Miso Chip guides cancer patients to the therapy that works best for them
by Startup Montréal 3 June 2023
This article was initially published in French on infobref.com
Cancer treatments such as chemotherapy are likely to have positive effects on sufferers. But this is not always the case. Sometimes, a patient has to try more than one treatment before seeing an improvement in their condition. Montreal-based start-up Miso Chip has designed a test that can determine which treatment is best for each patient, depending on the type of cancer they have.
The problem the company is tackling is the difficulty of predicting the effectiveness of a treatment on a patient. “Cancer treatments are chosen based on a population and statistical approach to their efficacy,” explains Miso Chip CEO and co-founder Étienne Laurent.
The treatments chosen have a good chance of improving the patient’s condition. But in some cases, they have no effect at all, says the entrepreneur. He gives the example of ovarian cancer, for which chemotherapy does not work for around 20% of patients.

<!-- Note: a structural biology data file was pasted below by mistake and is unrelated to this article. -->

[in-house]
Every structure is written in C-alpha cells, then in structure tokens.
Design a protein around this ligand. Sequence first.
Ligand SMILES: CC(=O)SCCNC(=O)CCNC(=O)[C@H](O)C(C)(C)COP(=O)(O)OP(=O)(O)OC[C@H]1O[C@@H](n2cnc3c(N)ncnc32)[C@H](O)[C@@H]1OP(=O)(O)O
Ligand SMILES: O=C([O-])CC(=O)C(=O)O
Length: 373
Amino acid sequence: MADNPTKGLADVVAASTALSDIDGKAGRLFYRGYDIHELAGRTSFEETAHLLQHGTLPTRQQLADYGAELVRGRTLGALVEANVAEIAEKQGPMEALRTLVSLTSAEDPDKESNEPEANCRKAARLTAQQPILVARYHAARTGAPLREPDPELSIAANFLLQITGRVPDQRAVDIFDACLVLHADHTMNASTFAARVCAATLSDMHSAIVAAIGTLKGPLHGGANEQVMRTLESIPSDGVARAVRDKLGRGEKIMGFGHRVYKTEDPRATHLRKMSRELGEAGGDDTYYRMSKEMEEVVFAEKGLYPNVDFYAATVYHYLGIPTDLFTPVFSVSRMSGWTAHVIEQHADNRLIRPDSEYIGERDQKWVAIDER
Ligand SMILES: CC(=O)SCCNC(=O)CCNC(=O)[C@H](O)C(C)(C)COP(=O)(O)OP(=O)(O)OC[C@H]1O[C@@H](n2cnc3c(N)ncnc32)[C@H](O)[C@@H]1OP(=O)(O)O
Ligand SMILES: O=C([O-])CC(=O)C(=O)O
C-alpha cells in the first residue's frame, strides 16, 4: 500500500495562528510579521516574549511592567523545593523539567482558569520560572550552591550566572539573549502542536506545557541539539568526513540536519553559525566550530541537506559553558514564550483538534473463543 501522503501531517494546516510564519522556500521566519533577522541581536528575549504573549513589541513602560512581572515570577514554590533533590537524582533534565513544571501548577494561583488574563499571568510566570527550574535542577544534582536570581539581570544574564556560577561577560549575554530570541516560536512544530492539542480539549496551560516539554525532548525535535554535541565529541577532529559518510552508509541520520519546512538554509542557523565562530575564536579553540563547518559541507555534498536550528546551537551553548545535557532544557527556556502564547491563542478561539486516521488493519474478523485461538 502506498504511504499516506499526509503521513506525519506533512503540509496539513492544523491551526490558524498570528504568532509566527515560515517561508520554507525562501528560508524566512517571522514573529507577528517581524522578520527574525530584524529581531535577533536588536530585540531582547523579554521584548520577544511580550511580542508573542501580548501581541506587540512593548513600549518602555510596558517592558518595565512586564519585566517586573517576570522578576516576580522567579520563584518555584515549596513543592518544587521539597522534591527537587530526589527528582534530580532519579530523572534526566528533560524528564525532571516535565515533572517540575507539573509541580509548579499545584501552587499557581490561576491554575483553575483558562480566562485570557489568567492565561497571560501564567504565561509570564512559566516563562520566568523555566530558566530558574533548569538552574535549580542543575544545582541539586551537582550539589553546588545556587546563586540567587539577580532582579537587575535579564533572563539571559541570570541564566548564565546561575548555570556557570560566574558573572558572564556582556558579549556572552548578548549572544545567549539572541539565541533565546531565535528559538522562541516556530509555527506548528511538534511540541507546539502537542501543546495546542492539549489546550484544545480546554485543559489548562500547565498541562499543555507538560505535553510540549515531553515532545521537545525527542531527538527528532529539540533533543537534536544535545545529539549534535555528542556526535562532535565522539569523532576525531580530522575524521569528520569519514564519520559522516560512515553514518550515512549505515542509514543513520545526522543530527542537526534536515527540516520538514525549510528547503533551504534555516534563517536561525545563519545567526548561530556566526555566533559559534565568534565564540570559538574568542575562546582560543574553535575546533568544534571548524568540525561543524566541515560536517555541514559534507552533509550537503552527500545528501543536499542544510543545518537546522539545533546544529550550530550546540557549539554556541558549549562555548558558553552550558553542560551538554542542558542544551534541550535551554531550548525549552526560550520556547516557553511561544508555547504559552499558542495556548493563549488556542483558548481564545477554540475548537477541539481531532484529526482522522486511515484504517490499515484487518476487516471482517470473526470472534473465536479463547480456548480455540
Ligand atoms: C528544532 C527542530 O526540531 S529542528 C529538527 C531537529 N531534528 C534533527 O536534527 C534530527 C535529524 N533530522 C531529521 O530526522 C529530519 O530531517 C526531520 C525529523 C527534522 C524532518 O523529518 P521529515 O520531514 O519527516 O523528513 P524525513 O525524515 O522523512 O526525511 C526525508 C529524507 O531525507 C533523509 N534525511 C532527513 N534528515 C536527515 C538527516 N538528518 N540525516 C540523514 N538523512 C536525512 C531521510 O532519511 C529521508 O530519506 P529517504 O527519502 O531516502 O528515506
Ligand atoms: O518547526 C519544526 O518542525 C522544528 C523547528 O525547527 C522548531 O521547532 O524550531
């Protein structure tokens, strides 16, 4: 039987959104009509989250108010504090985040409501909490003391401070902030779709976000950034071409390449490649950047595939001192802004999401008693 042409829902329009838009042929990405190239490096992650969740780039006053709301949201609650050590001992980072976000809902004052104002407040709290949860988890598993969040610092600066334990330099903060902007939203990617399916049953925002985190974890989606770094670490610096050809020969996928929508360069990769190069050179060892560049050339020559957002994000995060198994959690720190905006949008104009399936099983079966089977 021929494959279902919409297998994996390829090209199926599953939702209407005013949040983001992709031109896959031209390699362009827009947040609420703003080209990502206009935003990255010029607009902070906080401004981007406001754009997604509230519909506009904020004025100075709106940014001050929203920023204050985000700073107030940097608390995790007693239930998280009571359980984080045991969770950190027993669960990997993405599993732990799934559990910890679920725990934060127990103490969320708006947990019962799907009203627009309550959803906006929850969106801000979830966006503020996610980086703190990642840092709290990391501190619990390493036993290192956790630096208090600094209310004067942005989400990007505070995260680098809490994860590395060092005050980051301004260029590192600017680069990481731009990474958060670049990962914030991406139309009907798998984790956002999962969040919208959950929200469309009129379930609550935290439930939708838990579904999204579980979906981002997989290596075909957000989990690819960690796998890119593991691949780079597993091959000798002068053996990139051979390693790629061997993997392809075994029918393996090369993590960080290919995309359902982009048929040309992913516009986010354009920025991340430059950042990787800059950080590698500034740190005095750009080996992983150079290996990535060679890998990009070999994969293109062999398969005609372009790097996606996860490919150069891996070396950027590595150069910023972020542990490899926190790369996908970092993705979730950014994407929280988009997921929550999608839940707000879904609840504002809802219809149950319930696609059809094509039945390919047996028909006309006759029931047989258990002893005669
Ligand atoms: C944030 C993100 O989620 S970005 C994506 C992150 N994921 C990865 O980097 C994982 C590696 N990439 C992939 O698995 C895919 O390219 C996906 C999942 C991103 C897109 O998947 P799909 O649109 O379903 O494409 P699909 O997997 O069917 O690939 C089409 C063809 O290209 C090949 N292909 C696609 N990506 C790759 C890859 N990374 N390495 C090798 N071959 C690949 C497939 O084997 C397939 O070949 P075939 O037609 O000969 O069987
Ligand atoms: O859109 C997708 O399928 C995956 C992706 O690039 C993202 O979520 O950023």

The administration of an ineffective treatment has 2 harmful consequences: it reduces the chances of cure, because a cancer is more likely to be cured if it is treated quickly with an effective therapy and it is expensive for the healthcare system: chemotherapy can cost $45,000 per patient.
Miso Chip’s solution is a predictive test of a patient’s treatment efficacy. The company has designed a microfluidic device that enables ex vivo culture – outside the human body – of tumor micro-samples taken from a patient.
This device enables several treatments to be tested to see which is most successful in stopping the growth of cancer cells. The results obtained help the doctor to choose the most appropriate treatment between the different types of chemotherapy, radiotherapy and immunotherapy. The testing process takes up to 15 days.
The business model will be to sell predictive test kits to hospitals and diagnostic laboratories. Initially, Miso Chip will test the samples itself in its own laboratory, while it completes its clinical trials. In parallel, the company wants to collaborate with pharmaceutical companies. It is currently testing its product as part of a pilot project with the Centre hospitalier de l’Université de Montréal (Chum).
Miso Chip is one of 20 start-ups selected this year in Startup Montréal’s Bourse+ program.
The start-up plans to close a second round of financing this year. The first round raised $600,000.
In the longer term, they wants to launch the commercialization of its product and sign agreements with pharmaceutical companies to use its device to test drugs used in cancer treatment.
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